• Leading from the head. That's easier to do if you make root-cause analyses something that the leadership in the hospital takes seriously. Moravec is convinced that St. Joseph's does it better than other hospitals, and the main reason is that he or — sometimes and — someone else at the senior level is present at every single one of these meetings. "Our CEO has mandated that a senior leader is at every root-cause analysis. It might be our CEO or our CNO, or executive director of patient care. If it involves a doc, I'm there, or the director of surgery. And the senior staff holds the directors and reports accountable for implementing whatever change is decided. I don't think most places are like that."

If you are a nurse on the day shift and the event involved a night-time fall, you might think it's not important that you show up. But if your chief nursing officer is coming in — on her day off — for a meeting, are you going to miss it? Doubtful, says Moravec. The culture is that this is an imperative, not an option. "Lending a level of importance to the event helps everyone take it more seriously."

• Preaching to the choir. When you are part of a multihospital system like St. Joseph's, having buy-in at the top helps when it comes to spreading the gospel of change across facilities. "We may have an ER event and put in an action plan. But we have physicians that work in three ERs and so we have to put it in place at all of them. We have to keep track of where it is in the organization. Meanwhile, the other hospitals have their own changes that they try to spread to us," says Moravec.

Because senior staff are so involved in every root-cause analysis, and they also are involved in inter-hospital committees involving patient safety and quality improvement, mandating change is probably easier in the HealthEast system than in others. "We keep tweaking things," Moravec notes. "We have documents about RCAs and actions, and a database where we note where things are on the spread to other areas. We bring these things to site quality meetings and review them there, and to the system patient safety committee and review them there." They continue to evaluate new models of reports both for inter- and intra-hospital spread. In something of a meta-QI statement, Moravec notes that when they figure out what works for documenting the spread, they'll spread that out, too.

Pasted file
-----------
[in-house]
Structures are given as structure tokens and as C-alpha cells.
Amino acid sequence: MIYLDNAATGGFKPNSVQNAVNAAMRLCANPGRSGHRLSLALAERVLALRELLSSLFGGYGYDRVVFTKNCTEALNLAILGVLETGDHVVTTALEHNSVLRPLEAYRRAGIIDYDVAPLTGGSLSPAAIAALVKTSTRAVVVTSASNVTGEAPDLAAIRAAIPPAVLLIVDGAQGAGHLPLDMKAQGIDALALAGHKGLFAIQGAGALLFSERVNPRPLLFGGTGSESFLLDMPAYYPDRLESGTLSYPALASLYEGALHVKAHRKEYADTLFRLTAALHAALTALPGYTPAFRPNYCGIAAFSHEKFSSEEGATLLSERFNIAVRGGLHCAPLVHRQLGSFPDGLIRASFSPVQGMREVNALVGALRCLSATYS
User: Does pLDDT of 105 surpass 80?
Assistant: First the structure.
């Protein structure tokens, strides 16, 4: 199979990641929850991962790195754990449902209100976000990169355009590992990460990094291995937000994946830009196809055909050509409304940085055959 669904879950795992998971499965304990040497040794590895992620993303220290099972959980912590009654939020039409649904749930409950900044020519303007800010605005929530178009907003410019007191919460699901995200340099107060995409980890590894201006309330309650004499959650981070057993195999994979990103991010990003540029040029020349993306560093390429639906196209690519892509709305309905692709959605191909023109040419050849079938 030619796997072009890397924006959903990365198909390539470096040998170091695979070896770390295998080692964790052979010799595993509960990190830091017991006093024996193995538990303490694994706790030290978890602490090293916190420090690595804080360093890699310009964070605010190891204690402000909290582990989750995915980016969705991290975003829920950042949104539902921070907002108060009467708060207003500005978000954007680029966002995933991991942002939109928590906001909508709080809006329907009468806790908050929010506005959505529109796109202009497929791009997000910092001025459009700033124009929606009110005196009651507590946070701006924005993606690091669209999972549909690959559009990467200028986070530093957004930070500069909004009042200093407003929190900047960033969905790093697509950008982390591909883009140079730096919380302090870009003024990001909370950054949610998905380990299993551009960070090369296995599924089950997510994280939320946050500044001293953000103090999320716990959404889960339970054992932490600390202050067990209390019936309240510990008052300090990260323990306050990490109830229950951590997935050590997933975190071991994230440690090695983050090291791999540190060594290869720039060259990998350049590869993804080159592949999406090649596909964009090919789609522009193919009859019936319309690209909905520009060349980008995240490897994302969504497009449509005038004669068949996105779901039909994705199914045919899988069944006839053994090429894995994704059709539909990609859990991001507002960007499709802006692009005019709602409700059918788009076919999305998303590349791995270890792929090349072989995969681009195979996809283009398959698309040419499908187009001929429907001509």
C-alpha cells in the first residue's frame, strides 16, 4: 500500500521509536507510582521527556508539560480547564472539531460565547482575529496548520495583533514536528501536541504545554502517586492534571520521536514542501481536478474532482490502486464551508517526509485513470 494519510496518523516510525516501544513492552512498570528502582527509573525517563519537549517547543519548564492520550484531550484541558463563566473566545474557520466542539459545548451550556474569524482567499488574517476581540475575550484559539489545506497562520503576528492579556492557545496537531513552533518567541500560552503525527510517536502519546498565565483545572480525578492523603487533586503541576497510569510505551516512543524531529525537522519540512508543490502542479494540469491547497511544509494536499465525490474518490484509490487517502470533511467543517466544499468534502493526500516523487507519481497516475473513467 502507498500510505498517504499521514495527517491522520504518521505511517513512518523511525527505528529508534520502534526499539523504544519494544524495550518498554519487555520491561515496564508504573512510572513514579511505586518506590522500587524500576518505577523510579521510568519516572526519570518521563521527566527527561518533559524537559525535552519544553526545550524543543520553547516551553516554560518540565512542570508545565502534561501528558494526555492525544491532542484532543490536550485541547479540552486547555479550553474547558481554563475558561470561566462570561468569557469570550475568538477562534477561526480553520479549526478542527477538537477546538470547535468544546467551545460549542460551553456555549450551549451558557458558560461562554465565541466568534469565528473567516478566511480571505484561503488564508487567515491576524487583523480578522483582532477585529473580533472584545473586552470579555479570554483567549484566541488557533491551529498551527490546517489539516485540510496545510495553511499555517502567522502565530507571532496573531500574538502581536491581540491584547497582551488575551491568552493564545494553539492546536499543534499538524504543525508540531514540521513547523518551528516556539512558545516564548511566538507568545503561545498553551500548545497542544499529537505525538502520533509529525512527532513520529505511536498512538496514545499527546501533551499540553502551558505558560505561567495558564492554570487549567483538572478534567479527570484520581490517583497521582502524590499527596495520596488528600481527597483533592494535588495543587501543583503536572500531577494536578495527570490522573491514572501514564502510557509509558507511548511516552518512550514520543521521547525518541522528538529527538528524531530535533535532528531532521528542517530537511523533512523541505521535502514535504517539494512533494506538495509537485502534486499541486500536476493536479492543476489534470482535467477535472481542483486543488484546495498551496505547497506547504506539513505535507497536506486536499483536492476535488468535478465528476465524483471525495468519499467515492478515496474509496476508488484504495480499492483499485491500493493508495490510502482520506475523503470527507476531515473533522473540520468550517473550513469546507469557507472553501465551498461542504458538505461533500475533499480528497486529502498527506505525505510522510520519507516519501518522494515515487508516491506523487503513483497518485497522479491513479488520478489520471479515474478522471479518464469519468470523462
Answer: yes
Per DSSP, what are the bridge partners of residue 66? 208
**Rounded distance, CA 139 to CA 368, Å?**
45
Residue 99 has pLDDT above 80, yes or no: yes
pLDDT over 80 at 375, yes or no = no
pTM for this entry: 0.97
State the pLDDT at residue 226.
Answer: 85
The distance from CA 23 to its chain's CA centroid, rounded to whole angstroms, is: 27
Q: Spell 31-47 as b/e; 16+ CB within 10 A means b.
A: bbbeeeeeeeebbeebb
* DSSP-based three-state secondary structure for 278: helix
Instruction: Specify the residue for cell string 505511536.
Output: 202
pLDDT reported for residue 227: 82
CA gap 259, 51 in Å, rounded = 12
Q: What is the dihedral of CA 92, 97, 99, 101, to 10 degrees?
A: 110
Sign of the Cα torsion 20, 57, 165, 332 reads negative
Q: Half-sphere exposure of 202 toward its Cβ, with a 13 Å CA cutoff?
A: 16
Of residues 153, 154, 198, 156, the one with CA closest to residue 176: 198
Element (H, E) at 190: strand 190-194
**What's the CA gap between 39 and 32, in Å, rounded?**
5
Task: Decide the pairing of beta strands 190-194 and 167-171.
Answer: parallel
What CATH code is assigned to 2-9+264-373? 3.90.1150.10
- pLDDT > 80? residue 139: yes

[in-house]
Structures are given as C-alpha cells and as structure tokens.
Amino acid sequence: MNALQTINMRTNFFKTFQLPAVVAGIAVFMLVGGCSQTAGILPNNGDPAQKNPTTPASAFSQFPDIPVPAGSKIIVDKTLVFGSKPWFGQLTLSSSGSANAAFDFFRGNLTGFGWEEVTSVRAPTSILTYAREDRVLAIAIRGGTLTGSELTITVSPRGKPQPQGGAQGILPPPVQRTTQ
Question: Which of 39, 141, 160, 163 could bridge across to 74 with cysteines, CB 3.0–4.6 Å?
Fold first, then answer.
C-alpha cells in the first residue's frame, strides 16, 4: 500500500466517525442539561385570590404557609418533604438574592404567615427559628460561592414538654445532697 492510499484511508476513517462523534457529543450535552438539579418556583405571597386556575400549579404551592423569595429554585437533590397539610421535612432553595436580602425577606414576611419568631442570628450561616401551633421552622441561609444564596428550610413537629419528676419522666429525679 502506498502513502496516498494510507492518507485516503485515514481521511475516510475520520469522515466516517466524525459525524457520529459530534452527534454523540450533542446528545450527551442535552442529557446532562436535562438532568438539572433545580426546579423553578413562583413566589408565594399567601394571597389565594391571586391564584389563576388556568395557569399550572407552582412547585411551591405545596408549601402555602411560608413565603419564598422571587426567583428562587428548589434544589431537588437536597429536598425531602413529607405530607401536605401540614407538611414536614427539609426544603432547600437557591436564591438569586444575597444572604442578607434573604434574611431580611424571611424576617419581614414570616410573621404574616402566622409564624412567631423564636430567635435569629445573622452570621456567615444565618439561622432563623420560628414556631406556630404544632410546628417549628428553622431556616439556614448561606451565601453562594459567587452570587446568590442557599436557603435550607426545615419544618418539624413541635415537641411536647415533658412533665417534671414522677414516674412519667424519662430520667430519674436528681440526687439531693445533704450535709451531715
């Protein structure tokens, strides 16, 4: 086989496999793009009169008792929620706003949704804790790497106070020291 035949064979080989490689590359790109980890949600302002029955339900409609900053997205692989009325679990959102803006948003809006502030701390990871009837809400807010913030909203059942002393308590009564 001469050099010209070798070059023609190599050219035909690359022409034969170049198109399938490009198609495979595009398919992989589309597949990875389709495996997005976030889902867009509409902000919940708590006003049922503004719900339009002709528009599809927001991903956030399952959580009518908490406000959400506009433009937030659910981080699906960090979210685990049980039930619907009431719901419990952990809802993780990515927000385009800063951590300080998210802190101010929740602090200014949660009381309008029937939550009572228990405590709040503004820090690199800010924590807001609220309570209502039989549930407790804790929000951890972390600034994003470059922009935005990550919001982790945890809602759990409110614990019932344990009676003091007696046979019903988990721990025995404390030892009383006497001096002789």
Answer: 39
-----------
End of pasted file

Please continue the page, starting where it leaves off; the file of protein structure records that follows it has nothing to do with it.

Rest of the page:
Discussions about what's happening elsewhere and who is responsible where for what all happen regularly. But there are barriers to it even in a system that has worked on making QI, well, spreadable, says Moravec. "You are working against the habits of highly effective people that have been ingrained for 20 years of practice; they have developed workarounds that have worked so far. They haven't had a failure at their site and they are short on time." That's why having a strong action plan is imperative, he adds. "Putting it on a piece of paper and emailing it out, that's not going to do it."

Other issues they grapple with include changes that involved facilities or equipment expenditure or that have to be approved by medical staff. How to handle those is an ongoing challenge with no simple answers.

• Measure it. People may not think you need to worry about a topic like measurement when doing a root-cause analysis, but Moravec says it's vital. "A good RCA will also put in place a measurement program. If you are doing a checklist for the OR, after you make the change, you want to look at the next N cases to see if it is done and verify the change."

• Find a secret weapon. Moravec says Emmons is a secret weapon. "She has taken this on with a passion and skill set that not many have," he says. "She is objective, non-judgmental, and able to ask why at three or four levels." For instance, a surgeon may try to take ownership of an error. She'll ask why something happened. If he says it was because of something else, she'll ask why that happened. She will keep doing this up the list of reasons until she is satisfied they found the ultimate "why." Many people stop at one or two such questions.

She is also determined to create a strong action plan. That she is a nurse makes clinical staff respond more readily to her. And Moravec says that while she is very patient, she is happy to interrupt and willing to get someone who is sitting in a corner to open up. That circulating nurse who is nervous because the chief of surgery is at the table? Moravec says Emmons has a unique ability to get that person talking and telling his or her side of the story. "She can pull people in."

For more information on this topic, contact:

Robert C. Moravec, MD, Medical Director, St Joseph's Hospital, St. Paul, MN. Telephone: (651) 232-5936.

Rosie Emmons, RN, Performance Improvement Specialist, St. Joseph's Hospital, St. Paul, MN. Telephone: (651) 232-3000.